I lived in a rural area too though. I actually would be more scared to deposit children in a highly urban area. O_O People there are dangerous.
     
  21. callmebob

    callmebob Enthusiast

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    If there were girls voices in the video doing any bullying then I did not hear it, probably because I didn't get that far. I got to angry to continue watching the whole thing. If that were the case, then some girls needed to be at the school ready whoop up on them. I'm just saying, they needed a whoopin.
     
  22. teacherintexas

    teacherintexas Maven

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    The bus monitor mentioned boys in her interview.
     
  23. alioxenfree

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    They were boys as far as I could tell. At least 3 of them were boys (including the one holding the video camera). I thought one of them was a girl because of the sound of the voice, but I saw part of his face on the video and it was a boy. I guess their voices haven't changed yet. They're only in seventh grade, so 12, 13 years old?
     
  24. roxstar

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    First I will say, like all of you, I was DISGUSTED by this behavior. Kids behaving this way towards other KIDS is nothing new (very wrong, but nothing new), but I have to say that I have never witnessed that level of disrespect towards an adult before.

    I guess I will be the first person to comment on the bus monitor's reaction. Does anyone else feel like she let these kids do this to her? She was reacting to them like another child would. Ignoring, awkwardly commenting etc. If she was the bus monitor, was it not her job to monitor and stop this this type of behavior? Please do not misunderstand me here, the behavior was appalling and these kids should have consequences for it, I just feel like she could have handled the kids some, even if it was ineffective. Am I way out in left field here?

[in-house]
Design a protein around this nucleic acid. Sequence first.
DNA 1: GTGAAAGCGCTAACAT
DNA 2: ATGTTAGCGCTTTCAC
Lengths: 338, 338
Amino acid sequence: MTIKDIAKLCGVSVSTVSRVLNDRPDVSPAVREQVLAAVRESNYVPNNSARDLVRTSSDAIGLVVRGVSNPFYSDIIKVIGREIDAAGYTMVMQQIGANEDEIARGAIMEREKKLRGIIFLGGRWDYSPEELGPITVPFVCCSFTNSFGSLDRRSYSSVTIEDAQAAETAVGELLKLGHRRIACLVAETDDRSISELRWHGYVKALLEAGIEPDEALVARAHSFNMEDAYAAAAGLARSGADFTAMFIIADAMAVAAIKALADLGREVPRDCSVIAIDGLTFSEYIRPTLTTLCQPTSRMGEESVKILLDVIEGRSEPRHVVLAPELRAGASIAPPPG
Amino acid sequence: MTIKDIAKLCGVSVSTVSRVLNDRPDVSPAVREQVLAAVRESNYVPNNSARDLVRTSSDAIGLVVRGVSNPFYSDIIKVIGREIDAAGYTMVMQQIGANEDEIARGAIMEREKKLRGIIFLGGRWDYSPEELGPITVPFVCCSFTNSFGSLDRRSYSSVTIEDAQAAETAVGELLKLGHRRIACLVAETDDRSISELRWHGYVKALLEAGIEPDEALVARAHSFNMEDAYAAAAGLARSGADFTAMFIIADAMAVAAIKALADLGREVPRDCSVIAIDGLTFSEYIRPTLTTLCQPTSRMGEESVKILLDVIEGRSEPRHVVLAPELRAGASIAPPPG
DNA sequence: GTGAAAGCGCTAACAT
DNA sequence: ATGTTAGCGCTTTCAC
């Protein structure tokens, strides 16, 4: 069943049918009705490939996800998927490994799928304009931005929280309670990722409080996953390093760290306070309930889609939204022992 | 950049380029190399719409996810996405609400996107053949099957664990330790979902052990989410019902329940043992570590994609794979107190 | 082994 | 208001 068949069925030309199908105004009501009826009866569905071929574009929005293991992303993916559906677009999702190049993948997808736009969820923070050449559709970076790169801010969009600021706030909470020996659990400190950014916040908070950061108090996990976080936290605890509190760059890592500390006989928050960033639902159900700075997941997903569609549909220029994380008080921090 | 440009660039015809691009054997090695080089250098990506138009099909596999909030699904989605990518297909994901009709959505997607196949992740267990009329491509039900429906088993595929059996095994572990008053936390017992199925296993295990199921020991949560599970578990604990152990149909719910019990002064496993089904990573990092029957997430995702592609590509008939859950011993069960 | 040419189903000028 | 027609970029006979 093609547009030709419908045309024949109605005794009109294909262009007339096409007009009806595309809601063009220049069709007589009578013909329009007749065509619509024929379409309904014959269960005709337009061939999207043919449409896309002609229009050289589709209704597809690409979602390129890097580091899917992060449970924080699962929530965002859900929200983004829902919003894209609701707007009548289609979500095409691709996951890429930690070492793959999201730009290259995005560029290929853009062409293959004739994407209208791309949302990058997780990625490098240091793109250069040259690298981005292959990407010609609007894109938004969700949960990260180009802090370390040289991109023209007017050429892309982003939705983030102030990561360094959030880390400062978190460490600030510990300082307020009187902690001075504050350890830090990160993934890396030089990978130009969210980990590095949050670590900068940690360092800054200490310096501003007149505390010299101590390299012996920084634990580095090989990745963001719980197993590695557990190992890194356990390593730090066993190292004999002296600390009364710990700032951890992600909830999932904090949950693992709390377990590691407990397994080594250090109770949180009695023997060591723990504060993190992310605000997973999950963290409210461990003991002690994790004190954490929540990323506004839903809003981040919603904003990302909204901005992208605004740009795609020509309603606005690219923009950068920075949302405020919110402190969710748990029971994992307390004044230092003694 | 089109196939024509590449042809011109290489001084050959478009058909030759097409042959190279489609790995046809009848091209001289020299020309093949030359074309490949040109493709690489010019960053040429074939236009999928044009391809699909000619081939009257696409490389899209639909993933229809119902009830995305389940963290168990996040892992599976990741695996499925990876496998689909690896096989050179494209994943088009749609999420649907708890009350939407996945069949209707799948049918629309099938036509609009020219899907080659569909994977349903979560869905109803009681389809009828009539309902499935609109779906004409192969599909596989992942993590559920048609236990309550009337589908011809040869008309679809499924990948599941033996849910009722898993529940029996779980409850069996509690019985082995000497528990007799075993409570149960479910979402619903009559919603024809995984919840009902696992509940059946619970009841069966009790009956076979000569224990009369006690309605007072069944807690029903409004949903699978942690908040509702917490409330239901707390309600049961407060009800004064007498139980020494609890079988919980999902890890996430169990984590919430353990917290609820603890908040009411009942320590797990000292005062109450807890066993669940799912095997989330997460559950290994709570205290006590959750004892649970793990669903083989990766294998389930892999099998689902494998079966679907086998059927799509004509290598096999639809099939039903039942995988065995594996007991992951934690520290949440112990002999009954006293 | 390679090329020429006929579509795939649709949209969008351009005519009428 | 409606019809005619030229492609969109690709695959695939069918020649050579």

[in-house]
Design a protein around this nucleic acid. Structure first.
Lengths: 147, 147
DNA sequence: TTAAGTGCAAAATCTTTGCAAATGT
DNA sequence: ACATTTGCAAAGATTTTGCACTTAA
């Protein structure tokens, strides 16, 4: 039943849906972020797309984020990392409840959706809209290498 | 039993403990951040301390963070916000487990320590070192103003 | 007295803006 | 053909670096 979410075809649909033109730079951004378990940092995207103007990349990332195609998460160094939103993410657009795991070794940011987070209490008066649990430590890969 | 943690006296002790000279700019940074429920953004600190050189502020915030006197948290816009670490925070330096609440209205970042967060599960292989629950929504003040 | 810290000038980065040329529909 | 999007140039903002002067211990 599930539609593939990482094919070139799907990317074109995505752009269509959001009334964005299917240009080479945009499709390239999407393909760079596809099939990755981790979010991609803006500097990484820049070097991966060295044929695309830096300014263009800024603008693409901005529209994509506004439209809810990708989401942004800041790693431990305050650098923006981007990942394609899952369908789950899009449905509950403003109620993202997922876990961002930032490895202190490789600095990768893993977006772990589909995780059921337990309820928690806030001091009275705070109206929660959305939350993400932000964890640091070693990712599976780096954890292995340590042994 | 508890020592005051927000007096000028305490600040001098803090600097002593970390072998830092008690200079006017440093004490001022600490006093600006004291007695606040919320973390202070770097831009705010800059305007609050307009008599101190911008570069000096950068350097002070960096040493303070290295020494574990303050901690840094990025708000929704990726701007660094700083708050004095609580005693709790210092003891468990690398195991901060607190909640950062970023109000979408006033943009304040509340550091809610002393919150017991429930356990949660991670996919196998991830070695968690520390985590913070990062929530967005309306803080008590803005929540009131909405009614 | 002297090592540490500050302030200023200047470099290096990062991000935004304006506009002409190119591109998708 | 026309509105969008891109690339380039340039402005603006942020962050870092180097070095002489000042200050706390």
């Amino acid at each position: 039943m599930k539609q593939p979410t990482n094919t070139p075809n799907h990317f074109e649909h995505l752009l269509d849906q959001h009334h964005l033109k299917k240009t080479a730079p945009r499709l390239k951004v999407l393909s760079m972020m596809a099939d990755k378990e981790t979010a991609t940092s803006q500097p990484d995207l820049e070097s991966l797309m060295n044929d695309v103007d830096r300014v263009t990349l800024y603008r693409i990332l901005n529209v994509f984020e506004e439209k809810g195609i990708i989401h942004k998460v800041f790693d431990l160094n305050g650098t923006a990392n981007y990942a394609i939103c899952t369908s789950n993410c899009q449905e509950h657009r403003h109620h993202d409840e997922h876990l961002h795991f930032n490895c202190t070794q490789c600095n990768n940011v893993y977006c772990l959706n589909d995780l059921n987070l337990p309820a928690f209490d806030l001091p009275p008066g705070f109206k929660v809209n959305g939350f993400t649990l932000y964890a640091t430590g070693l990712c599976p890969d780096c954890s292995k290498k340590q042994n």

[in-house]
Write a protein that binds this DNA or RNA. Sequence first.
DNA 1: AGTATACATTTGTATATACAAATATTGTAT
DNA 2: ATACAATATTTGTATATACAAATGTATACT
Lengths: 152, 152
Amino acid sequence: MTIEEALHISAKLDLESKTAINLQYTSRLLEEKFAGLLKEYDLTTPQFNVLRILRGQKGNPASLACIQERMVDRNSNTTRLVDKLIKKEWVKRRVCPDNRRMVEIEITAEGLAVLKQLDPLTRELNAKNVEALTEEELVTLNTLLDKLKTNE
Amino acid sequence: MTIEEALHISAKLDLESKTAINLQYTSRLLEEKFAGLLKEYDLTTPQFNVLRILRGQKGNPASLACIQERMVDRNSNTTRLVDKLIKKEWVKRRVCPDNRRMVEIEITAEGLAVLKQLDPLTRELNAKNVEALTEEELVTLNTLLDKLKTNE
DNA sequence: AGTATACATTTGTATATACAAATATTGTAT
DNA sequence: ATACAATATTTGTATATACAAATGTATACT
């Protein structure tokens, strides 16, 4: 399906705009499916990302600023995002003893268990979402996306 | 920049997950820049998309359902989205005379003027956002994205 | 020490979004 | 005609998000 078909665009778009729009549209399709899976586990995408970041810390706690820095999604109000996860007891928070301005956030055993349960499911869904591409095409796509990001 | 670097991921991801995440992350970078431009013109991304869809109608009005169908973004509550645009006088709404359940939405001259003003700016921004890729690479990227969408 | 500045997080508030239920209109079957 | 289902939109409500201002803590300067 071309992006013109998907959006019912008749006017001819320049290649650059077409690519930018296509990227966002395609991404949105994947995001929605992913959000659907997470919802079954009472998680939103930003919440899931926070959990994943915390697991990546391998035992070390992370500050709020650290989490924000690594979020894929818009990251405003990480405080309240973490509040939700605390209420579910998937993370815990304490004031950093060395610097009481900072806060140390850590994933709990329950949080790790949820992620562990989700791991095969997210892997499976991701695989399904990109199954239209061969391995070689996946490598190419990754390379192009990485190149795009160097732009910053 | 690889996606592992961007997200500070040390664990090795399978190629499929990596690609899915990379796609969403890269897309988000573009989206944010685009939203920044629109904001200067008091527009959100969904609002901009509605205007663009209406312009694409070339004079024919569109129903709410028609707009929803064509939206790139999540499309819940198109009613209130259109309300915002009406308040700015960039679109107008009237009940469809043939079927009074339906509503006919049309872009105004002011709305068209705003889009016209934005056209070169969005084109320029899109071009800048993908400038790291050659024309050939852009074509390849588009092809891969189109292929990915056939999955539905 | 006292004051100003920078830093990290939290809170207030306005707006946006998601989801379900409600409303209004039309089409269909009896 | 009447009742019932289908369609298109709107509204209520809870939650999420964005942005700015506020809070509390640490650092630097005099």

25. iteachbx

    iteachbx Enthusiast

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    Who knows how long it was going on for and maybe she tried to handle it and deal with it in the past and nothing changed or nothing was done and maybe she just gave up and figured it was going to happen no matter what she did?? I don't know. Maybe she thought for some reason it would reflect poorly on her and she'd lose her job? Also, let's not forget she's not a teacher. Often at least at my school I find the school aides are not as knowledgeable about how to deal with behavior issues. Unfortunately some of them where I work just scream at the kids as an answer to that. I'm lucky my lunch aide was very willing to take advice and suggestions from myself about how to deal with behavior issues. (Although of course I wasn't having issues as severe as what was seen in the video.) I'm going to assume she felt powerless to actually do anything about it, which makes the whole thing even sadder.
     
  26. Jerseygirlteach

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    I agree with iteachbx, although it is a valid question. Would she be capable of stepping in if it were another child being bullied rather than her?

    Regardless though, I don't think it's productive to blame the victim here. If she were one of the kids, we would never say that she was to blame because she didn't fight back. I honestly hope that the outrage this has brought on causes these kids to feel a fraction of the humiliation they imposed on this woman.